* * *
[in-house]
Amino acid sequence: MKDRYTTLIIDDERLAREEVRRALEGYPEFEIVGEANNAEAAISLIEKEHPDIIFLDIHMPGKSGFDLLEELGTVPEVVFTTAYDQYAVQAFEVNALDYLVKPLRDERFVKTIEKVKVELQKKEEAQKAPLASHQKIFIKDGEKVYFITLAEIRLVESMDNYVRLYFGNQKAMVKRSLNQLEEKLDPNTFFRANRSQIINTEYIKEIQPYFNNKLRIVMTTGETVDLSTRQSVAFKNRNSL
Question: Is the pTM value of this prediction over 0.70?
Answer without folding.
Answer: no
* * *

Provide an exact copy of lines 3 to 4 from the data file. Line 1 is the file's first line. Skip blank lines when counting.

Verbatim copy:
Question: Is the pTM value of this prediction over 0.70?
Answer without folding.